Northview REIT, the territory’s largest private landlord, is set to be acquired by new owners in a deal valued at $4.8 billion.
The transaction was announced by the real estate investment firm Starlight, which is joining forces with fellow real estate firm Kingsett Capital to buy Northview.
The deal is not final, but Northview’s board has recommended investors in the REIT (an abbreviation for real estate investment trust) accept the offer – which will earn any investor $36.25 per unit they hold in the trust.
Northview, which has long possessed a dominant share of the NWT’s rental market, is often the butt of complaints from tenants who bemoan the condition of the company’s units, the way rules in buildings are enforced (or not enforced), and the cost of doing business with Northview.
In particular, there was ire from tenants when it transpired Northview had for years illegally collected ongoing pet fees. When the company’s wrongdoing came to light, it offered full refunds but no further compensation.
Kingsett Capital – one half of Northview’s proposed new ownership team – also has a history of involvement in northern real estate.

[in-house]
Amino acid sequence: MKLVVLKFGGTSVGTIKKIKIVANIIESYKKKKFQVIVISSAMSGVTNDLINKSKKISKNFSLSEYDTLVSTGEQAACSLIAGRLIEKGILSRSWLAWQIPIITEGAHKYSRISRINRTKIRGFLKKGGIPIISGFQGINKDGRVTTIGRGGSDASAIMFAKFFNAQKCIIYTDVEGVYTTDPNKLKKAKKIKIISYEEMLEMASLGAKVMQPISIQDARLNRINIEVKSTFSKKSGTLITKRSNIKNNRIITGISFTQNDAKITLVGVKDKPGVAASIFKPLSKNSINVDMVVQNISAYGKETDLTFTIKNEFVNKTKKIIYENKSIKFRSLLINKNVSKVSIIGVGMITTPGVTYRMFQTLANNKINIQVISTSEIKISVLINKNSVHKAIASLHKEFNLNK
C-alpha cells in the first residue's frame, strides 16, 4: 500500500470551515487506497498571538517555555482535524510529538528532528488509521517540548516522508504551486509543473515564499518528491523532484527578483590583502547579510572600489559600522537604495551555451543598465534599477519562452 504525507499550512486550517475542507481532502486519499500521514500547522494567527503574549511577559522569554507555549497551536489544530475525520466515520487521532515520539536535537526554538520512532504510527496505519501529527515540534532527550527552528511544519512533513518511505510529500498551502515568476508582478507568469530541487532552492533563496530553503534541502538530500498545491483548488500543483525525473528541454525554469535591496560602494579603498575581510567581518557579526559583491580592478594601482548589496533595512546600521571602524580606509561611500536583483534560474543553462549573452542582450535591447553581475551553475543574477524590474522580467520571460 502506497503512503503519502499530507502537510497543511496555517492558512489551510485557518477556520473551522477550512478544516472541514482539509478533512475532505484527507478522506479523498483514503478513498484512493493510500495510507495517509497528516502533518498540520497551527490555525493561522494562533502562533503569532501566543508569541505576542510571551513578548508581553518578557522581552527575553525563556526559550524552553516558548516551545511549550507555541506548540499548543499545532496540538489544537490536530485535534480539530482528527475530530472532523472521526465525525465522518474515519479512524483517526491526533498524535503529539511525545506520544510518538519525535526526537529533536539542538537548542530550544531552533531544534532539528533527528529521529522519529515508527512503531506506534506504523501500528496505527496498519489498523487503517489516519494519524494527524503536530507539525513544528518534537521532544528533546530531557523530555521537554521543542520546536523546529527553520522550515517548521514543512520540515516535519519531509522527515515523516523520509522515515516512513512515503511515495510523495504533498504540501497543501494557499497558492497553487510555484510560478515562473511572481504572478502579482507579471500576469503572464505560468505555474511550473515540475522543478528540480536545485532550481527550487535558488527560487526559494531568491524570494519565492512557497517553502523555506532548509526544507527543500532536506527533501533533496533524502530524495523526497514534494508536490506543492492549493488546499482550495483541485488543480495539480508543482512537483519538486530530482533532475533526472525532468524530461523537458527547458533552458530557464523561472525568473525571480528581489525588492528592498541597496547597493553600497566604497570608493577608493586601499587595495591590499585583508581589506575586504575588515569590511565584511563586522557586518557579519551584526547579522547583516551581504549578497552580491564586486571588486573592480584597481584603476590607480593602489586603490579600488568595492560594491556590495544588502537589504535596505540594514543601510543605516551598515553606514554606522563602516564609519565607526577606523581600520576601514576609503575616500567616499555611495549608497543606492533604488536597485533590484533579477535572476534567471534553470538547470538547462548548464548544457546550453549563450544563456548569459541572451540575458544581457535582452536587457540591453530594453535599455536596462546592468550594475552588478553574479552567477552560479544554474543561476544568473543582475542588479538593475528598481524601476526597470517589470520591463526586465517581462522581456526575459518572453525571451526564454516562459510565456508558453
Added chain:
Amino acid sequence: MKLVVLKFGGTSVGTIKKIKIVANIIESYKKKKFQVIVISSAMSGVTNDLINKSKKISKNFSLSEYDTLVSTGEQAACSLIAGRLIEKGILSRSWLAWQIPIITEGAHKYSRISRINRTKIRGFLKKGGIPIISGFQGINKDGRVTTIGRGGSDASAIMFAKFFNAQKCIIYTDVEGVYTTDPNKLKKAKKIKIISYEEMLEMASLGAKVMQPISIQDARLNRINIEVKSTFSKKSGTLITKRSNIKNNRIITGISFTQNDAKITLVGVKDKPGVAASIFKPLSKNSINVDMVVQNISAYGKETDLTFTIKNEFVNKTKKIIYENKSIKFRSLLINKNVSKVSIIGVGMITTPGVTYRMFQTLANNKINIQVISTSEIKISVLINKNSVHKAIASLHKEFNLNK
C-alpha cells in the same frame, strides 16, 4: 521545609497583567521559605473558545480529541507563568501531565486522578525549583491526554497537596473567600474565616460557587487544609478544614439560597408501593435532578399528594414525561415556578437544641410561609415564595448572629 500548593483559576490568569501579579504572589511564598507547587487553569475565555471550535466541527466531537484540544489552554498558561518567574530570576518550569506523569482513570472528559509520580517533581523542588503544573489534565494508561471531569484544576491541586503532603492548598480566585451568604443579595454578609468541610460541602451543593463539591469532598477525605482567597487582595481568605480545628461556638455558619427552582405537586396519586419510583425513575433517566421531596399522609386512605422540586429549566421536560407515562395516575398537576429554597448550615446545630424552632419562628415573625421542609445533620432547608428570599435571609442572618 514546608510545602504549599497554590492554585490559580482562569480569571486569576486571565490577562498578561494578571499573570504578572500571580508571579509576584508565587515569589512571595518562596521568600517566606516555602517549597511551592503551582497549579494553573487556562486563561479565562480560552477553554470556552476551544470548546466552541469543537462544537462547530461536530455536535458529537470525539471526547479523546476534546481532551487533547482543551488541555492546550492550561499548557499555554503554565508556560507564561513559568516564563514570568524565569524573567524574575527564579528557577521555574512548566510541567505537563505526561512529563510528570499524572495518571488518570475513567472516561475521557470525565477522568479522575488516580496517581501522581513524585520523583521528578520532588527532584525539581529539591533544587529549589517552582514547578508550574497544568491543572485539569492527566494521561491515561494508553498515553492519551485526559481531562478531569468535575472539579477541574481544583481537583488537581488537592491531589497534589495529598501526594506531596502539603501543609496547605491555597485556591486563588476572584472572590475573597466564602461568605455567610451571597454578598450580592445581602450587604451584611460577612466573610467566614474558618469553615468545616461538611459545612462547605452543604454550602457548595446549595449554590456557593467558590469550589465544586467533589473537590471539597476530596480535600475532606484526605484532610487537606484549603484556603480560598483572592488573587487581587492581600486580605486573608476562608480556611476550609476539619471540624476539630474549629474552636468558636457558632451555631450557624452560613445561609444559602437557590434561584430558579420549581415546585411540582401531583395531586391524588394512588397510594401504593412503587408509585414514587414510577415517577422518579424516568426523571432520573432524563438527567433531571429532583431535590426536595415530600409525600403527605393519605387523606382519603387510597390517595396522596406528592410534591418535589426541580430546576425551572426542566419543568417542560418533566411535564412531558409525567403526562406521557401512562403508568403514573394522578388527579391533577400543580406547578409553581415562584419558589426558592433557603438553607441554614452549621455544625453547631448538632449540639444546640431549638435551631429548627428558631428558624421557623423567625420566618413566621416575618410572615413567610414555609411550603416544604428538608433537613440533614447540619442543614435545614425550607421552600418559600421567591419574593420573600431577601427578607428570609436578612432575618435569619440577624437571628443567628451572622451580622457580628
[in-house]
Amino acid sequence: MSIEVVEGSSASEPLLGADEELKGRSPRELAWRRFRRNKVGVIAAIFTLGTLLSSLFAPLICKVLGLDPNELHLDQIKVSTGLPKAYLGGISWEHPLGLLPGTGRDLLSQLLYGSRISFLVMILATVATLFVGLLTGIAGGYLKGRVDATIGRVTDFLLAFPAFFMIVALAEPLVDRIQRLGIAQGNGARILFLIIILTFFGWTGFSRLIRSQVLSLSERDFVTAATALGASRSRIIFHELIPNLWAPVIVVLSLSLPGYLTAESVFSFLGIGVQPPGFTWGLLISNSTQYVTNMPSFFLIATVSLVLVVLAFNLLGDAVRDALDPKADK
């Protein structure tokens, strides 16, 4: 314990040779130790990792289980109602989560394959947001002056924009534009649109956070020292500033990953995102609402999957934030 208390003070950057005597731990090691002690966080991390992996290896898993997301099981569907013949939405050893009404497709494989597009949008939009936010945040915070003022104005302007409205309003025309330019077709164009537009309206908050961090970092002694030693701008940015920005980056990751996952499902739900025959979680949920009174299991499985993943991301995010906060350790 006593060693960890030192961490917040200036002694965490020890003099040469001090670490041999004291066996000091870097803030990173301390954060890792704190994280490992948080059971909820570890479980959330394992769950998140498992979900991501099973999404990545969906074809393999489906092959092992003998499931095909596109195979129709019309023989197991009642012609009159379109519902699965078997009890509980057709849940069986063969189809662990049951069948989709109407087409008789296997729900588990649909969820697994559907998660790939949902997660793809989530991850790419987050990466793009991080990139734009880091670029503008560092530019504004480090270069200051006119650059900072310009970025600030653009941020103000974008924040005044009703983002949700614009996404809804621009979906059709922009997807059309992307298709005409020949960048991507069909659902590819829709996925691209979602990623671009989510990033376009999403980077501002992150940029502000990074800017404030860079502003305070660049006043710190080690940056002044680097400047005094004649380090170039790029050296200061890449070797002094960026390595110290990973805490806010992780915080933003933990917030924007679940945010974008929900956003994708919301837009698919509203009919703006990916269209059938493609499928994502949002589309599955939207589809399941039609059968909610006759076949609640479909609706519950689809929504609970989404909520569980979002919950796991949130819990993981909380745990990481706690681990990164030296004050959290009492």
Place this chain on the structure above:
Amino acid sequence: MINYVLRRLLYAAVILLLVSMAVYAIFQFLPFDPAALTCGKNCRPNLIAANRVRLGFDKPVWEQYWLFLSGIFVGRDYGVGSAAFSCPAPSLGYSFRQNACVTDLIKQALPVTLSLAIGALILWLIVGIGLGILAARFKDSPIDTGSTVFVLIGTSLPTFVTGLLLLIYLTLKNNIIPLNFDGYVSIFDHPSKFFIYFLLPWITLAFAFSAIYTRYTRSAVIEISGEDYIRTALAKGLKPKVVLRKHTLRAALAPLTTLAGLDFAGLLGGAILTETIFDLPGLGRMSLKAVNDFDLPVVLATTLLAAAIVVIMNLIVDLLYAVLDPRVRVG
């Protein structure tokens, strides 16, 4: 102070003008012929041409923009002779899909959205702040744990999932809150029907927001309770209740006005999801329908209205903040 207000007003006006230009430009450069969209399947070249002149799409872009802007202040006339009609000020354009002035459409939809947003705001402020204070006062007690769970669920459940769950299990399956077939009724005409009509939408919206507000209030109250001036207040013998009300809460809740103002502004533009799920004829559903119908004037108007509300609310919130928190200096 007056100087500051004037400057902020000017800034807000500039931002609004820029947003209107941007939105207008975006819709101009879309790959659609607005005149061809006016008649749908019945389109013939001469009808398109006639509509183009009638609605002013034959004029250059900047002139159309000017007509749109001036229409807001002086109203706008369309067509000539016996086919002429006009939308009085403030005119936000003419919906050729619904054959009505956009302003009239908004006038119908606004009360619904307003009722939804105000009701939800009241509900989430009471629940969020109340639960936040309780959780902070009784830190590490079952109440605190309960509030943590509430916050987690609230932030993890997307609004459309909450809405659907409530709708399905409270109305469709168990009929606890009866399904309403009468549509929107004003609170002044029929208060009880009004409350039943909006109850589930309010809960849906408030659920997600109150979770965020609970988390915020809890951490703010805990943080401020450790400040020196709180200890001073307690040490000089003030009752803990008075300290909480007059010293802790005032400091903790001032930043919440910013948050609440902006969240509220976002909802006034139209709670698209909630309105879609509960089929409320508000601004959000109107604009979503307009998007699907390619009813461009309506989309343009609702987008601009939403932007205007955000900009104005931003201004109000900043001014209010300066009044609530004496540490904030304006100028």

Toronto-based Kingsett already owns the Bellanca building, a vacant 10-storey office block in downtown Yellowknife.
The building has sat empty for years, despite its prime location in the city’s heart and a need for additional housing units.
A recent $20-million plan to convert the Bellanca building into homes never came to pass. Last year, the NWT Housing Corporation said the plan had in part ground to a halt because Kingsett did not send over expected documentation to keep the proposal moving forward.
Northview, which owns many thousands of housing units across Canada, operates more than 1,000 units in Yellowknife alone – spanning more than two-dozen separate locations.
Its sale follows an initial bid from Starlight and Kingsett in October 2019. There was no specific mention of Northview’s NWT properties in a Thursday news release outlining the proposed deal.
In that news release, the prospective new owners implied there may not be that much change on the front line, suggesting they would retain existing staff and arrangements.
“We look forward to building on Northview’s tenant focus by maintaining high-quality, well-operated, and sustainable buildings,” said Daniel Drimmer, president and chief executive of Starlight.
Drimmer said his company “has high regard for Northview’s management and intends to retain substantially all of Northview’s site-level employees and operational staff, as well as its offices in Calgary and Toronto.”